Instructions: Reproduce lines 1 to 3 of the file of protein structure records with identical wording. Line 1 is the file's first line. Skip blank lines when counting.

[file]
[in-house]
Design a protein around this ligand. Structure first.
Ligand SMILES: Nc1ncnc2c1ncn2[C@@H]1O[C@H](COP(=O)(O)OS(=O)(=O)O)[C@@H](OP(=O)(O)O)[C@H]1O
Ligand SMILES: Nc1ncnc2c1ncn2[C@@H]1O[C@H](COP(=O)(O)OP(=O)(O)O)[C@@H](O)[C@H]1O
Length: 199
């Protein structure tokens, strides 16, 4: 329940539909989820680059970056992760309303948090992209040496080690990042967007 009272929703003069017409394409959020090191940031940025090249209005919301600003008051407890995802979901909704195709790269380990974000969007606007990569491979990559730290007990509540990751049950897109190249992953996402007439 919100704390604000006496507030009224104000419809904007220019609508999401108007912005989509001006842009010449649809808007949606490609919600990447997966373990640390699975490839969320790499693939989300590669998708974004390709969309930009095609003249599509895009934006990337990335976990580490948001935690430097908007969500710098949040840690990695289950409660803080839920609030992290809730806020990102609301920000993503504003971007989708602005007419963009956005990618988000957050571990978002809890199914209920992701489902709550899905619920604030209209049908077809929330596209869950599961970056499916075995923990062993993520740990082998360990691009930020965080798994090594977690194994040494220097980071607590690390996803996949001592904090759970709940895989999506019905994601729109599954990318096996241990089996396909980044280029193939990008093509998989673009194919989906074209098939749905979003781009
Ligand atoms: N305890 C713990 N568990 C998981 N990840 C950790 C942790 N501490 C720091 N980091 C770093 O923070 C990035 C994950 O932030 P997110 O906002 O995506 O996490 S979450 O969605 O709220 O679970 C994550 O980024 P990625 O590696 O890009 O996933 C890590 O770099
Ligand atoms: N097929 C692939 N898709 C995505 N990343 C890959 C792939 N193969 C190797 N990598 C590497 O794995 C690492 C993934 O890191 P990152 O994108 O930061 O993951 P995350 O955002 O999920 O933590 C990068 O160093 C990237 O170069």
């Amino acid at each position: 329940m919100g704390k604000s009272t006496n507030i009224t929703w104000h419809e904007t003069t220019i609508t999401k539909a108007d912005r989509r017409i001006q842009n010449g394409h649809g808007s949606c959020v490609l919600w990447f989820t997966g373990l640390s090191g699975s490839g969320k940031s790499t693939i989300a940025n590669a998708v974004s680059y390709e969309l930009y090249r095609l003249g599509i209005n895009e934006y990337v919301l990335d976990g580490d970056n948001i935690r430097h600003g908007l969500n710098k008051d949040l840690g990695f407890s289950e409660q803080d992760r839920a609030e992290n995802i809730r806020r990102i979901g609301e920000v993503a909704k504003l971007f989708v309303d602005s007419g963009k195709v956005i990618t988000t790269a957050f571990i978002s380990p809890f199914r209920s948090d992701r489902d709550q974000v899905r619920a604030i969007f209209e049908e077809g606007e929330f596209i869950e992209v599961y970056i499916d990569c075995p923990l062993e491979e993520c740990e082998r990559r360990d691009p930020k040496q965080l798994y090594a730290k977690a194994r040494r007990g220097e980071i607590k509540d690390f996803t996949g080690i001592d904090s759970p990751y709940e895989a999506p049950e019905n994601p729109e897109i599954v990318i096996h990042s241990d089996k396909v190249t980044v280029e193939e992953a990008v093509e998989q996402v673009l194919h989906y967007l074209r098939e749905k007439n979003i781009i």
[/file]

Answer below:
[in-house]
Design a protein around this ligand. Structure first.
Ligand SMILES: Nc1ncnc2c1ncn2[C@@H]1O[C@H](COP(=O)(O)OS(=O)(=O)O)[C@@H](OP(=O)(O)O)[C@H]1O